Despite that, THORIUM REMIX 2011 circulates in public libraries. It is airing locally on Calgary SHAW 10. And the YouTube video has received over 175,000 views… that’s pretty good for a 2 hour in-depth science lecture shot on a $1,000 budget.
So if you’re keen on seen thorium used to help lower the cost of energy, reduce the risk of future conflicts over energy resources and reduce air pollution including greenhouse gasses… consider helping fund my 2012 thorium documentary.
And if you have the opportunity, also consider joining me at Thorium Energy Alliance Conference 4 (TEAC4), in Chicago. It is where most footage will be collected. If you’re a videographer, the unconference portion will be crazy-hard to cover… please bring your video camera!
LFTR in 5 Minutes starts with a fast-paced summary of why thorium needs to be developed as an energy resource. If you follow gadget, technology or science blogs, then you’ll likely find thorium a fascinating subject.
In a nutshell, today’s nuclear power (Pressurized Water Reactors – PWRs) are incredibly inefficient. We still use them because, as inefficient as they are, fission releases an astounding amount of energy from tiny amounts of fuel (Uranium-235). The trade-off between high energy density and PWR inefficiency is: nuclear waste. PWRs generate a lot of nuclear waste.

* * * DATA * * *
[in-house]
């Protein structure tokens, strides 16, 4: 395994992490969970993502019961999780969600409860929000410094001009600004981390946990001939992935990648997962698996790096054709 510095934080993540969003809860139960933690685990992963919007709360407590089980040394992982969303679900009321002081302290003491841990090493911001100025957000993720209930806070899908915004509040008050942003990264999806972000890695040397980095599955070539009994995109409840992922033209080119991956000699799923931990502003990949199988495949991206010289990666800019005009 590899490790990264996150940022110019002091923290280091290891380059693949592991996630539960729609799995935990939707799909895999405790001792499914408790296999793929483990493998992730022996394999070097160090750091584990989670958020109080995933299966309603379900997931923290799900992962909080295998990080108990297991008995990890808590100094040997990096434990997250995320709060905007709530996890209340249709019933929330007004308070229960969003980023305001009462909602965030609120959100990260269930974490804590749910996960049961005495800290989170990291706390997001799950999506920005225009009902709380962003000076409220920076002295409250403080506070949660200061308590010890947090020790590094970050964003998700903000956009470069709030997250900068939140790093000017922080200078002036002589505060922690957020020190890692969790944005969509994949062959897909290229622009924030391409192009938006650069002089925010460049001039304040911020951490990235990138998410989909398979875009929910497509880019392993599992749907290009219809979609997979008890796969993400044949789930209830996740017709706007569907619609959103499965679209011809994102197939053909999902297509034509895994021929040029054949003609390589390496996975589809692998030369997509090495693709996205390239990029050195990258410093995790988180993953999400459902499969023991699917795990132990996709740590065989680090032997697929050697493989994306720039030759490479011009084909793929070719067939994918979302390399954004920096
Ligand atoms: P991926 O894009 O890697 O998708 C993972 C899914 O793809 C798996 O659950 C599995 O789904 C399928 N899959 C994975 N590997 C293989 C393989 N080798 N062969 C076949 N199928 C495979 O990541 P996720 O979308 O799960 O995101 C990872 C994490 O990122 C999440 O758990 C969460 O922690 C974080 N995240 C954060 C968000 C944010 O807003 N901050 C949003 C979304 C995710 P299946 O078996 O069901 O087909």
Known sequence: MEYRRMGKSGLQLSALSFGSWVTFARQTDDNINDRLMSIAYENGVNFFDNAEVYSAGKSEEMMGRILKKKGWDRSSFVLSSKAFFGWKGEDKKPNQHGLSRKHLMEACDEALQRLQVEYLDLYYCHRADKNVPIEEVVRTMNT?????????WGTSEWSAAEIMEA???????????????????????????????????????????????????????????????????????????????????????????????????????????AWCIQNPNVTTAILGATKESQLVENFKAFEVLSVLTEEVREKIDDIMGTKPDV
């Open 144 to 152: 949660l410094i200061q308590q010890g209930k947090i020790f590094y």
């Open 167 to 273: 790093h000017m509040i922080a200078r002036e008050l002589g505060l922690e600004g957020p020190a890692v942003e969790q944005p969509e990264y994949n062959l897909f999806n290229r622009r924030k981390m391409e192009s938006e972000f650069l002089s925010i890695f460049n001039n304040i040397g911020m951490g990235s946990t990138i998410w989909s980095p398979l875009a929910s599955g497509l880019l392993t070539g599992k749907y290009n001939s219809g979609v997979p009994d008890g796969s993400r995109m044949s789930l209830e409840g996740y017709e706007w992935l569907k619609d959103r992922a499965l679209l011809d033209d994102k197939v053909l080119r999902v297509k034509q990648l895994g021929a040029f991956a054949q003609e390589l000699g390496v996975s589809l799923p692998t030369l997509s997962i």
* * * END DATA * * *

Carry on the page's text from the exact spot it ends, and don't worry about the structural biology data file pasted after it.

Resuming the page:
LFTR has the potential to not just generate less waste going-forward, but consume existing stockpiles of waste. LFTRs can be constructed less expensively than PWRs because engineered safety systems can be replaced with (less expensive) passive safety systems, large pressure vessels are no longer required, and small/inexpensive gas turbines can replace large/inefficient steam turbines.
Any & all arguments against nuclear power must be re-thought when looking at the Liquid Fluoride Thorium Reactor. In particular, anyone concerned with climate change owes it to themselves to bone-up on this subject.
In my opinion, PWRs (today’s nuclear power) have already been maligned by environmentalists as dangerous and expensive. While I do think today’s PWR technology fails to completely answer the challenge of global warming, it illustrates how concerns about greenhouse gasses are easily redirected to promote specific technologies (solar, wind, geothermal) which are expensive and cannot be rapidly deployed.